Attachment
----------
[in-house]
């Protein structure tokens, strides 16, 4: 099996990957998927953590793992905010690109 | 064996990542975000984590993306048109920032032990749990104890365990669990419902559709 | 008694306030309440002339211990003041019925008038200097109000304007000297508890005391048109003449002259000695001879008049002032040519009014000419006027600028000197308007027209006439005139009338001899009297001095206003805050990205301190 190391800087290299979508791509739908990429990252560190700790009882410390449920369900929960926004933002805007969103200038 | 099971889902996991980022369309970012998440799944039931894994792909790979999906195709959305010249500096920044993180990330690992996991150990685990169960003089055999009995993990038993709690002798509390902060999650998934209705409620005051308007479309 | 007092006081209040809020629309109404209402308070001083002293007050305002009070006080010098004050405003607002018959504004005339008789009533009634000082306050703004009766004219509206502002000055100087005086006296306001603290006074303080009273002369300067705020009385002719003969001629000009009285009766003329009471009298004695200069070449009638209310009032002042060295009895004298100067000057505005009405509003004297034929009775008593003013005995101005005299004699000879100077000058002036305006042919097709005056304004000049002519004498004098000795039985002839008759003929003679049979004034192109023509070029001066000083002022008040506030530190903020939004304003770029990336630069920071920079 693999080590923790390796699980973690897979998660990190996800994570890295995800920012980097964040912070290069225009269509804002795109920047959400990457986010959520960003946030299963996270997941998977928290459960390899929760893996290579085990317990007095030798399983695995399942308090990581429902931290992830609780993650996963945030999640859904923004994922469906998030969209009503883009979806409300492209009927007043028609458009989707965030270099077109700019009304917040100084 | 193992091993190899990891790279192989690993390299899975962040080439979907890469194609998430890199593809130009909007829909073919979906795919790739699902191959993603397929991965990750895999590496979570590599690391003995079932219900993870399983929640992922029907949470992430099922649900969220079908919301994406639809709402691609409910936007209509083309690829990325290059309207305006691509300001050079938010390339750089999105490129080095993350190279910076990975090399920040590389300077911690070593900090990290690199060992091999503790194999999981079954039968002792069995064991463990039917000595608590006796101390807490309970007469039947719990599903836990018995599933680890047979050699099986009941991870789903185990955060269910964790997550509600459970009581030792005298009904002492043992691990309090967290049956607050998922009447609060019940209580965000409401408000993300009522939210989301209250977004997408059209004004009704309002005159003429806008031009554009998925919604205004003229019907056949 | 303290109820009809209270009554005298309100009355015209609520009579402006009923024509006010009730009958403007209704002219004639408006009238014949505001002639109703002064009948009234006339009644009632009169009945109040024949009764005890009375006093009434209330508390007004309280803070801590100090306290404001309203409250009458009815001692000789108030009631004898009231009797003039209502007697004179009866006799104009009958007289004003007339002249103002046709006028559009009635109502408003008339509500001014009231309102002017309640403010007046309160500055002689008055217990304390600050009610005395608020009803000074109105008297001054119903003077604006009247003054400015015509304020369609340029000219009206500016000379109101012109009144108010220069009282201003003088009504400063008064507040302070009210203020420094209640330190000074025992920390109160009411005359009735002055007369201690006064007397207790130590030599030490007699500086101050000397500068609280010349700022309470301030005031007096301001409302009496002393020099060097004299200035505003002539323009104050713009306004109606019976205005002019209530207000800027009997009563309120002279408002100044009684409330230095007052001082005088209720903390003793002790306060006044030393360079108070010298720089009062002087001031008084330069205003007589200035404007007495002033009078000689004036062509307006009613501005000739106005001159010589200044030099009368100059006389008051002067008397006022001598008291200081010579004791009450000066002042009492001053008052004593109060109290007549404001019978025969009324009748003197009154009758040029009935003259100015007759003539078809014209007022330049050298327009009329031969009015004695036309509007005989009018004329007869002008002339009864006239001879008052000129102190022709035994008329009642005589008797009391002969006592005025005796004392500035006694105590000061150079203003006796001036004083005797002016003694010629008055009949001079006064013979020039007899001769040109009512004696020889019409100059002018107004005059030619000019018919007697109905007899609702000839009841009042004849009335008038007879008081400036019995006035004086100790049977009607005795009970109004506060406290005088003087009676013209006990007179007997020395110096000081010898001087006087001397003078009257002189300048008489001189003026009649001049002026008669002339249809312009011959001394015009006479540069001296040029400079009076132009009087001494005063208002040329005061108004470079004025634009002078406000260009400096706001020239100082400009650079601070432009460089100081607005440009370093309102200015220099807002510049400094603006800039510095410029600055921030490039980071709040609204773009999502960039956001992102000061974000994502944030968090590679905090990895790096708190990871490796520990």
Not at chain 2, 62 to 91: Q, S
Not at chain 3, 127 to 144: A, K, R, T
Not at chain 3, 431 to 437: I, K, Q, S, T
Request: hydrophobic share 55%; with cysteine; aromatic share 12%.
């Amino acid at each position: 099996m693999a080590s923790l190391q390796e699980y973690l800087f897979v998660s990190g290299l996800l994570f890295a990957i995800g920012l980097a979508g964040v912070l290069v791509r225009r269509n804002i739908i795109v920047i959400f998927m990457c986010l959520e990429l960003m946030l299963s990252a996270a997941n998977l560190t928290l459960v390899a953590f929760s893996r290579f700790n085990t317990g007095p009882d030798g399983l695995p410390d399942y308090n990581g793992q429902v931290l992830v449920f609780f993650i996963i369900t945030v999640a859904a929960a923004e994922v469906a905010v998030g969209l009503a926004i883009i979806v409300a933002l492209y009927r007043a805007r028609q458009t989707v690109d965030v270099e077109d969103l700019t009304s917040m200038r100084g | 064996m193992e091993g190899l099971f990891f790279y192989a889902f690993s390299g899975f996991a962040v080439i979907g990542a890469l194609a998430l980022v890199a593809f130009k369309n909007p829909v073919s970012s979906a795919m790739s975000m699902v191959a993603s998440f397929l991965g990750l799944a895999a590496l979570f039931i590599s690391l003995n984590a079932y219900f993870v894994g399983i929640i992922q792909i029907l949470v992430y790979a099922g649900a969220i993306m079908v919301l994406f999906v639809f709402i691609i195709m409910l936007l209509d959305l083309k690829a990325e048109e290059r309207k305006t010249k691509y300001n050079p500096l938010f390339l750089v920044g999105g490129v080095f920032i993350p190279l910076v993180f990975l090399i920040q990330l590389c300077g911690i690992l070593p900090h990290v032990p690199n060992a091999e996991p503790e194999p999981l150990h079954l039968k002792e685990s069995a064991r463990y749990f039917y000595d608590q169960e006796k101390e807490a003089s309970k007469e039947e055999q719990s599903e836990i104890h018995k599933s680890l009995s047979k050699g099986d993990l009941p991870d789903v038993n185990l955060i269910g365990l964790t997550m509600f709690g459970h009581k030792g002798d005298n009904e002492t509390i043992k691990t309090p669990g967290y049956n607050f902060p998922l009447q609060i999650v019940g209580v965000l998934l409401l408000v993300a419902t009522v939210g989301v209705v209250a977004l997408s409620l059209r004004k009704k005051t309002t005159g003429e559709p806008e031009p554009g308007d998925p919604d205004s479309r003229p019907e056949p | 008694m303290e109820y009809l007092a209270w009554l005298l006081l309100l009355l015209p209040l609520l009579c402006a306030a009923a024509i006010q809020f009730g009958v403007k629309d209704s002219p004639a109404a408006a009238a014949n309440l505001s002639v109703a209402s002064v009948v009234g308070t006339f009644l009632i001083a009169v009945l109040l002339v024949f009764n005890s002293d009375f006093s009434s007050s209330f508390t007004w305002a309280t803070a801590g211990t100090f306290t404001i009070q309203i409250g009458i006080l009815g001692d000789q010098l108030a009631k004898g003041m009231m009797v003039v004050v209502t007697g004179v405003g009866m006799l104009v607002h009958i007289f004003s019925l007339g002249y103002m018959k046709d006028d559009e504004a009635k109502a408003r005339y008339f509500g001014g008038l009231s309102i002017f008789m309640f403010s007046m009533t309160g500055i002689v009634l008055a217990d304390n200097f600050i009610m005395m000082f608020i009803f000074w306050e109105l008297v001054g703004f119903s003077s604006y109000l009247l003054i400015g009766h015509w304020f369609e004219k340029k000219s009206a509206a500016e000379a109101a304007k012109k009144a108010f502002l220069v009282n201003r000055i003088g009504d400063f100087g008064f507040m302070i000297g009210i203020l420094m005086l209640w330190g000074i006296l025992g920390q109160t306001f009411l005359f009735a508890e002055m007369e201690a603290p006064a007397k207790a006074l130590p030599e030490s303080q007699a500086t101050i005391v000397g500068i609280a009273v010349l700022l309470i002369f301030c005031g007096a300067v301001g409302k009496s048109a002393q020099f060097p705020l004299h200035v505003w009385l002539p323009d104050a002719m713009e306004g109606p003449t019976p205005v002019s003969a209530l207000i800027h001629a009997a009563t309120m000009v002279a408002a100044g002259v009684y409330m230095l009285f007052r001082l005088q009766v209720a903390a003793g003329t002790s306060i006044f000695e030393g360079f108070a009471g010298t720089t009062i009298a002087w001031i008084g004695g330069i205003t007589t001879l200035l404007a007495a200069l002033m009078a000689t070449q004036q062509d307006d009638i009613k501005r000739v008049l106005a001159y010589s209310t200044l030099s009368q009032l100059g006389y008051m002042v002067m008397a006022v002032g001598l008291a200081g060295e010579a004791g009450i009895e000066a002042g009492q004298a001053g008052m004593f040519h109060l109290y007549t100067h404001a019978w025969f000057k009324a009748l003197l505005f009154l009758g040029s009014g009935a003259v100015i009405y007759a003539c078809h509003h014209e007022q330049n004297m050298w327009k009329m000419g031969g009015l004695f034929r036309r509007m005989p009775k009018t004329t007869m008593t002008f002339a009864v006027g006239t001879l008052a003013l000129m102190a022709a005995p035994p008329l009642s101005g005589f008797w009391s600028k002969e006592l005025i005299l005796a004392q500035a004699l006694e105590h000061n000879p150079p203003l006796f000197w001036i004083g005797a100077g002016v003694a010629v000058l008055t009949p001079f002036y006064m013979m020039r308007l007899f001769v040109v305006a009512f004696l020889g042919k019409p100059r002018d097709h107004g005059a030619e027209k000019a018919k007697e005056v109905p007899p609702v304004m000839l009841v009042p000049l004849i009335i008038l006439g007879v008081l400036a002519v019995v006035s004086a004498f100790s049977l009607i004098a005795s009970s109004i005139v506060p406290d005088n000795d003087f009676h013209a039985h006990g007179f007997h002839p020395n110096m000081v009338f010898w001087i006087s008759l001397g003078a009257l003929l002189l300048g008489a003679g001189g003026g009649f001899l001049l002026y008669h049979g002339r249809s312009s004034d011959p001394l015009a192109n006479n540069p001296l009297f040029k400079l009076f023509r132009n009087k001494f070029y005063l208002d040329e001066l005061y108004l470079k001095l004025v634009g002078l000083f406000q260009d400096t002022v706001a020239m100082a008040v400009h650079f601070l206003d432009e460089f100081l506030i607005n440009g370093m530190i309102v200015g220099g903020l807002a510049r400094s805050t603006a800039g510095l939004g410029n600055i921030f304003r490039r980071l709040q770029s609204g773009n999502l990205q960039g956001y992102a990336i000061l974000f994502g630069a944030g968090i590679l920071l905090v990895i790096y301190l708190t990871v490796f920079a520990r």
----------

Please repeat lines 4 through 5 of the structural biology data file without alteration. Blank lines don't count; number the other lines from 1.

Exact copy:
Not at chain 3, 127 to 144: A, K, R, T
Not at chain 3, 431 to 437: I, K, Q, S, T